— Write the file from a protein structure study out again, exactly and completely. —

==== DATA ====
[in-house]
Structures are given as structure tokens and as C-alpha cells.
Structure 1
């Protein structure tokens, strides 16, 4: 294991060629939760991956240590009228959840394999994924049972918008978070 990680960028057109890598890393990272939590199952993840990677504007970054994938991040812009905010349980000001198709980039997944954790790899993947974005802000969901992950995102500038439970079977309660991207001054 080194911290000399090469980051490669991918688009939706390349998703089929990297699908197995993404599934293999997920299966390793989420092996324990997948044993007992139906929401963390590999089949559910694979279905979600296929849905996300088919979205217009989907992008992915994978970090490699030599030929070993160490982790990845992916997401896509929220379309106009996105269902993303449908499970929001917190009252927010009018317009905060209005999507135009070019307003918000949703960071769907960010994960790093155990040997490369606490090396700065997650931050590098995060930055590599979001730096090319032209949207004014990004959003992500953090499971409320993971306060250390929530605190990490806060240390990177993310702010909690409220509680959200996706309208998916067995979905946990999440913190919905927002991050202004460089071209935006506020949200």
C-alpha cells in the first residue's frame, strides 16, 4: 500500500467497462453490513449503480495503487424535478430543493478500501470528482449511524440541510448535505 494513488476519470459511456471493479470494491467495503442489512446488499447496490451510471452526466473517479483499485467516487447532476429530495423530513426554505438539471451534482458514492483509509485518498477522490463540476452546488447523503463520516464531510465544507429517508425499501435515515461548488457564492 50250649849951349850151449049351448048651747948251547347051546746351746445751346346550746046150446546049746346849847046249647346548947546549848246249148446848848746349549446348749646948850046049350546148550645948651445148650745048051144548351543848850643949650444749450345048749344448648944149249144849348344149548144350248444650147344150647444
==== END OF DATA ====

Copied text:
[in-house]
Structures are given as structure tokens and as C-alpha cells.
Structure 1
């Protein structure tokens, strides 16, 4: 294991060629939760991956240590009228959840394999994924049972918008978070 990680960028057109890598890393990272939590199952993840990677504007970054994938991040812009905010349980000001198709980039997944954790790899993947974005802000969901992950995102500038439970079977309660991207001054 080194911290000399090469980051490669991918688009939706390349998703089929990297699908197995993404599934293999997920299966390793989420092996324990997948044993007992139906929401963390590999089949559910694979279905979600296929849905996300088919979205217009989907992008992915994978970090490699030599030929070993160490982790990845992916997401896509929220379309106009996105269902993303449908499970929001917190009252927010009018317009905060209005999507135009070019307003918000949703960071769907960010994960790093155990040997490369606490090396700065997650931050590098995060930055590599979001730096090319032209949207004014990004959003992500953090499971409320993971306060250390929530605190990490806060240390990177993310702010909690409220509680959200996706309208998916067995979905946990999440913190919905927002991050202004460089071209935006506020949200």
C-alpha cells in the first residue's frame, strides 16, 4: 500500500467497462453490513449503480495503487424535478430543493478500501470528482449511524440541510448535505 494513488476519470459511456471493479470494491467495503442489512446488499447496490451510471452526466473517479483499485467516487447532476429530495423530513426554505438539471451534482458514492483509509485518498477522490463540476452546488447523503463520516464531510465544507429517508425499501435515515461548488457564492 50250649849951349850151449049351448048651747948251547347051546746351746445751346346550746046150446546049746346849847046249647346548947546549848246249148446848848746349549446348749646948850046049350546148550645948651445148650745048051144548351543848850643949650444749450345048749344448648944149249144849348344149548144350248444650147344150647444